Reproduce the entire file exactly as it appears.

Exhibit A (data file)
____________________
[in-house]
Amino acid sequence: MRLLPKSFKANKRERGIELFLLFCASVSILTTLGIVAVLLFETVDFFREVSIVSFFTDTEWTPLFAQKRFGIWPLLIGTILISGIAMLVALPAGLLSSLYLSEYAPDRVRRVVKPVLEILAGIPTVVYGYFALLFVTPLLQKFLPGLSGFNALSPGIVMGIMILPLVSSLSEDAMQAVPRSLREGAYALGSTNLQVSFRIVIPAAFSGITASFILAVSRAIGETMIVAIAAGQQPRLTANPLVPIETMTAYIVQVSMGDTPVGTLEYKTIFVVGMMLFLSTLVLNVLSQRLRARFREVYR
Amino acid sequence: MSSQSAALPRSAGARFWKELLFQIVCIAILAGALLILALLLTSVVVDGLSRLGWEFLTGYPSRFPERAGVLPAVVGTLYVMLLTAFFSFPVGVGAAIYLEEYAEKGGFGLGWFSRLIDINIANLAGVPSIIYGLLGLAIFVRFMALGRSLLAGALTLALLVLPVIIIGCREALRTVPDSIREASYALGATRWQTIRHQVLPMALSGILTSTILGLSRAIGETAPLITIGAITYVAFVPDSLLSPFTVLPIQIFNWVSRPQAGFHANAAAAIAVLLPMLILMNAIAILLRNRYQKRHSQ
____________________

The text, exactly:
[in-house]
Amino acid sequence: MRLLPKSFKANKRERGIELFLLFCASVSILTTLGIVAVLLFETVDFFREVSIVSFFTDTEWTPLFAQKRFGIWPLLIGTILISGIAMLVALPAGLLSSLYLSEYAPDRVRRVVKPVLEILAGIPTVVYGYFALLFVTPLLQKFLPGLSGFNALSPGIVMGIMILPLVSSLSEDAMQAVPRSLREGAYALGSTNLQVSFRIVIPAAFSGITASFILAVSRAIGETMIVAIAAGQQPRLTANPLVPIETMTAYIVQVSMGDTPVGTLEYKTIFVVGMMLFLSTLVLNVLSQRLRARFREVYR
Amino acid sequence: MSSQSAALPRSAGARFWKELLFQIVCIAILAGALLILALLLTSVVVDGLSRLGWEFLTGYPSRFPERAGVLPAVVGTLYVMLLTAFFSFPVGVGAAIYLEEYAEKGGFGLGWFSRLIDINIANLAGVPSIIYGLLGLAIFVRFMALGRSLLAGALTLALLVLPVIIIGCREALRTVPDSIREASYALGATRWQTIRHQVLPMALSGILTSTILGLSRAIGETAPLITIGAITYVAFVPDSLLSPFTVLPIQIFNWVSRPQAGFHANAAAAIAVLLPMLILMNAIAILLRNRYQKRHSQ